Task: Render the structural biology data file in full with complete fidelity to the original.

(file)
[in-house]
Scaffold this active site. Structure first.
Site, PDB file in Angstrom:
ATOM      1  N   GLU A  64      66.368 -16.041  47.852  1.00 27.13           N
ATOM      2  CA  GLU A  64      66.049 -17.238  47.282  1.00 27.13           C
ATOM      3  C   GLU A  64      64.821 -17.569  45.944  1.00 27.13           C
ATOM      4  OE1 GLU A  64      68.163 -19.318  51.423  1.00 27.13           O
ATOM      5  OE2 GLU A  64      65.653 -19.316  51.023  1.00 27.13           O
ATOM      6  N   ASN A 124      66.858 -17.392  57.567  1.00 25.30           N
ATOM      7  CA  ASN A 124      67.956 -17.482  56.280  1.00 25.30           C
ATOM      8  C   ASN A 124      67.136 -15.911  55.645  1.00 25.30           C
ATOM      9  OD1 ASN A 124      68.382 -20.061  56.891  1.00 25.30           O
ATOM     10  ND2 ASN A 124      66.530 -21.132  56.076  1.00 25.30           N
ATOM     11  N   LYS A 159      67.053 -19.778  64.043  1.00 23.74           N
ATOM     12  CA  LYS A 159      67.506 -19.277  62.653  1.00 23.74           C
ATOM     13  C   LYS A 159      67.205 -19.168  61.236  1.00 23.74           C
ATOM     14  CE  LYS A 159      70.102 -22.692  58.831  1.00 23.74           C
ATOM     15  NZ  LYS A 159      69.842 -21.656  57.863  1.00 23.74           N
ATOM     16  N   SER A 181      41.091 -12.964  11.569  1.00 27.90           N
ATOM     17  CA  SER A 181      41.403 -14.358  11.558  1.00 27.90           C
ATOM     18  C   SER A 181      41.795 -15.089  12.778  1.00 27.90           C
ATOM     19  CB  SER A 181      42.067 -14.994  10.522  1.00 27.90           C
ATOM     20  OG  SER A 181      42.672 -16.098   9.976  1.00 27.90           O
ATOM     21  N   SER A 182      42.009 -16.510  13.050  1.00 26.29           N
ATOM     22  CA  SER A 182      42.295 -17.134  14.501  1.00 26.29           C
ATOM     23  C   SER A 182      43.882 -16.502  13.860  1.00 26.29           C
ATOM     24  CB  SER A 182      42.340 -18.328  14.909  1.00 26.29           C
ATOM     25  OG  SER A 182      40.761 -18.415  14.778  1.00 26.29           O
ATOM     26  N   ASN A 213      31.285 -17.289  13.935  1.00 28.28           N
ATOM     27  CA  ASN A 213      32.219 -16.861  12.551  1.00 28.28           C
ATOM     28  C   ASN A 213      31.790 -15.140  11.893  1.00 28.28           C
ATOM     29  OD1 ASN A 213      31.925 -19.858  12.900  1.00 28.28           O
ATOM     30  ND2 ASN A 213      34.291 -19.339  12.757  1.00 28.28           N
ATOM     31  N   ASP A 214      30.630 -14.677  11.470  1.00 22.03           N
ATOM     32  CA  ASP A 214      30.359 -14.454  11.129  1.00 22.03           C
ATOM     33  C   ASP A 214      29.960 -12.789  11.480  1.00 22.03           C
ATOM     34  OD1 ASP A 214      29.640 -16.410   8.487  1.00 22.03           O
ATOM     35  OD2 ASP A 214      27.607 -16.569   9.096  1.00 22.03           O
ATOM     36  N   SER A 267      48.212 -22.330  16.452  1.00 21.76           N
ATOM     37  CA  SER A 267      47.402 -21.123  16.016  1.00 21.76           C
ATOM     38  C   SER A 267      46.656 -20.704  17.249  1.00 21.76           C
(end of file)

[in-house]
Scaffold this active site. Structure first.
Site, PDB file in Angstrom:
ATOM      1  N   GLU A  64      66.368 -16.041  47.852  1.00 27.13           N
ATOM      2  CA  GLU A  64      66.049 -17.238  47.282  1.00 27.13           C
ATOM      3  C   GLU A  64      64.821 -17.569  45.944  1.00 27.13           C
ATOM      4  OE1 GLU A  64      68.163 -19.318  51.423  1.00 27.13           O
ATOM      5  OE2 GLU A  64      65.653 -19.316  51.023  1.00 27.13           O
ATOM      6  N   ASN A 124      66.858 -17.392  57.567  1.00 25.30           N
ATOM      7  CA  ASN A 124      67.956 -17.482  56.280  1.00 25.30           C
ATOM      8  C   ASN A 124      67.136 -15.911  55.645  1.00 25.30           C
ATOM      9  OD1 ASN A 124      68.382 -20.061  56.891  1.00 25.30           O
ATOM     10  ND2 ASN A 124      66.530 -21.132  56.076  1.00 25.30           N
ATOM     11  N   LYS A 159      67.053 -19.778  64.043  1.00 23.74           N
ATOM     12  CA  LYS A 159      67.506 -19.277  62.653  1.00 23.74           C
ATOM     13  C   LYS A 159      67.205 -19.168  61.236  1.00 23.74           C
ATOM     14  CE  LYS A 159      70.102 -22.692  58.831  1.00 23.74           C
ATOM     15  NZ  LYS A 159      69.842 -21.656  57.863  1.00 23.74           N
ATOM     16  N   SER A 181      41.091 -12.964  11.569  1.00 27.90           N
ATOM     17  CA  SER A 181      41.403 -14.358  11.558  1.00 27.90           C
ATOM     18  C   SER A 181      41.795 -15.089  12.778  1.00 27.90           C
ATOM     19  CB  SER A 181      42.067 -14.994  10.522  1.00 27.90           C
ATOM     20  OG  SER A 181      42.672 -16.098   9.976  1.00 27.90           O
ATOM     21  N   SER A 182      42.009 -16.510  13.050  1.00 26.29           N
ATOM     22  CA  SER A 182      42.295 -17.134  14.501  1.00 26.29           C
ATOM     23  C   SER A 182      43.882 -16.502  13.860  1.00 26.29           C
ATOM     24  CB  SER A 182      42.340 -18.328  14.909  1.00 26.29           C
ATOM     25  OG  SER A 182      40.761 -18.415  14.778  1.00 26.29           O
ATOM     26  N   ASN A 213      31.285 -17.289  13.935  1.00 28.28           N
ATOM     27  CA  ASN A 213      32.219 -16.861  12.551  1.00 28.28           C
ATOM     28  C   ASN A 213      31.790 -15.140  11.893  1.00 28.28           C
ATOM     29  OD1 ASN A 213      31.925 -19.858  12.900  1.00 28.28           O
ATOM     30  ND2 ASN A 213      34.291 -19.339  12.757  1.00 28.28           N
ATOM     31  N   ASP A 214      30.630 -14.677  11.470  1.00 22.03           N
ATOM     32  CA  ASP A 214      30.359 -14.454  11.129  1.00 22.03           C
ATOM     33  C   ASP A 214      29.960 -12.789  11.480  1.00 22.03           C
ATOM     34  OD1 ASP A 214      29.640 -16.410   8.487  1.00 22.03           O
ATOM     35  OD2 ASP A 214      27.607 -16.569   9.096  1.00 22.03           O
ATOM     36  N   SER A 267      48.212 -22.330  16.452  1.00 21.76           N
ATOM     37  CA  SER A 267      47.402 -21.123  16.016  1.00 21.76           C
ATOM     38  C   SER A 267      46.656 -20.704  17.249  1.00 21.76           C